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Category: State Law

Remote Witnesses and Wills

Remote Witnesses and Wills

The COVID-19 pandemic has caused a surge in the number of Americans using online services to make wills. If people are subject to shelter-in-place orders, however, the witnessing condition required by statutory law is not readily satisfied—the testator and two witnesses cannot occupy the same physical place at the same time. While some states have temporarily allowed remote witnessing, such relief has not been uniformly implemented across the country. Thus, an instrument prepared online may fail to fulfill a decedent’s…

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Abuse of Contract and the July 2020 Bar Exam

Abuse of Contract and the July 2020 Bar Exam

This summer, the Kansas Board of Law Examiners (KBE) is demanding that all examinees sign a statement that they have “voluntarily” assumed COVID-related risks before they sit for the July 2020 bar examination. According to the July 2020 Kansas Bar Examination Examinee Code of Conduct Agreement (KS Code of Conduct Agreement) recently distributed by the KBE, if an examinee fails to sign and return the KS Code of Conduct Agreement by July 15, “the examinee will not be allowed to…

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Access to Public Lands During the COVID-19 Pandemic

Access to Public Lands During the COVID-19 Pandemic

In an effort to reduce the risk of transmission of COVID-19, federal, state, and local governments have acted to limit or entirely close off access to public outdoor spaces, such as local playgrounds and state and national parks. As the country begins to reopen, governments have sought to balance the need for public access to these outdoor spaces with the risks posed by such access. Where the risks are too high—whether because of the challenge of ensuring compliance with social…

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Remember the Past: What Can a Governor Do When the Second COVID-19 Surge Comes?

Remember the Past: What Can a Governor Do When the Second COVID-19 Surge Comes?

Back on January 1st we thought that 2020 would bring clarity of vision and foresight. Since then the world has turned upside down; however, long-standing legal precedent of what states can do in times of epidemics and pandemics has not. Many are claiming that it is unlawful for any governmental entity or official, in an effort to reduce COVID-19 infections and deaths, to impose restrictions upon travel, either across state borders or in large crowds within a state. I disagree….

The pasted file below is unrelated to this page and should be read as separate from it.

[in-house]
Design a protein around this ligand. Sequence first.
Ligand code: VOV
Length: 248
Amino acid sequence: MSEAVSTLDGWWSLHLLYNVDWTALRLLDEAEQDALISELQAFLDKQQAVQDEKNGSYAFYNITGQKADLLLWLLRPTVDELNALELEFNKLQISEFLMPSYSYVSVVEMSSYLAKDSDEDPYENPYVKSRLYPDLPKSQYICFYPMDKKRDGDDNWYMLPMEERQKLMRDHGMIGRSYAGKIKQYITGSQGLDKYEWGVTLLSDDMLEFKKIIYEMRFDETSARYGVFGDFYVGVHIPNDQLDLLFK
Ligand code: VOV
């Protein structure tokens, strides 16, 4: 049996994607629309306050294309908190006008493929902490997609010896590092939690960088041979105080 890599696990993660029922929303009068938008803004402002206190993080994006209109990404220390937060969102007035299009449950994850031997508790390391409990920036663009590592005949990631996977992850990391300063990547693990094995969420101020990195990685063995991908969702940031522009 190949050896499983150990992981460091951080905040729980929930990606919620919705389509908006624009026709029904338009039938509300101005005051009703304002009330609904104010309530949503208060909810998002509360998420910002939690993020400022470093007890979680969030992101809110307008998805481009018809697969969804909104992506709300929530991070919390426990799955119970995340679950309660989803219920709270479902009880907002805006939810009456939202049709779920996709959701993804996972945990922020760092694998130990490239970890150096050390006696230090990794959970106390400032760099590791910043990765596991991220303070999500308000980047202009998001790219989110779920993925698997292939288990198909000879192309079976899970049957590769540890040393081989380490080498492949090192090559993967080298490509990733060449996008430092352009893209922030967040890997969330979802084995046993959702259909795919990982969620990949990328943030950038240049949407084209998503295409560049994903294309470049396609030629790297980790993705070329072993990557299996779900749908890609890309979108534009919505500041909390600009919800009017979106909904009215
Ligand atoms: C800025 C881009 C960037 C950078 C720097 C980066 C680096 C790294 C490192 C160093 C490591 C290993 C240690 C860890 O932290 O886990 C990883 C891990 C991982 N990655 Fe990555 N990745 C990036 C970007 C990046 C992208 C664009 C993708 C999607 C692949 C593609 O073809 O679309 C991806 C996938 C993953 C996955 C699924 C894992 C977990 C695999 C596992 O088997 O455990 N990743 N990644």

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Constitutional Constraints on Lawyer Licensing in the Age of COVID-19

Constitutional Constraints on Lawyer Licensing in the Age of COVID-19

The COVID-19 pandemic has profoundly disrupted the courts and the legal profession, just when access to justice is most needed. The public health crisis has generated a host of legal issues in areas as diverse as disaster relief, health law, disability issues, insurance, employment law, criminal justice, domestic violence, and civil rights. The need for lawyers to address these issues is great, but courts are struggling to license new lawyers due to the serious health consequences of administering the bar…

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Custody and Visitation in a Pandemic

Custody and Visitation in a Pandemic

Either voluntarily or through court order, most separated and divorced parents have established parenting plans that outline custody and visitation obligations. But what happens to these orders when a global pandemic rages through our communities?  Can parents unilaterally  refuse to engage in custodial transfers or keep the other parent from visiting while a government shelter-in-place order is in place? Anecdotally, family law attorneys report that the single biggest issue for their clients right now seems to be whether the regular…

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Life Hangs in the Balance: Weighing Coronavirus Church Closings Against the RFRA

Life Hangs in the Balance: Weighing Coronavirus Church Closings Against the RFRA

On March 27, the Hillsborough County Emergency Policy Group unanimously issued an order restricting the gatherings of non-essential businesses and services. The Rev. Rodney Howard-Browne responded that he would only cancel church services for the Rapture and that pastors who canceled services were “pansies.” After holding church services on March 29, county authorities arrested Howard-Browne for unlawful assembly and violating the public health emergency order. While the Religious Freedom Restoration Act (RFRA) of 1993 applies only to the federal government,…

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Sorry, Not Sorry: Temporary Practice in a Pandemic

Sorry, Not Sorry: Temporary Practice in a Pandemic

The American Bar Association (ABA) Board of Governors has issued a policy resolution urging states to adopt emergency rules that would authorize recent law graduates to engage in supervised law practice until the COVID-19 pandemic allows administration of the next bar exam. The ABA’s guidance encourages states to terminate these limited licenses if an applicant does not take or pass a bar examination by the end of 2021. This resolution sends a mixed message: On the one hand, emergency licensing…

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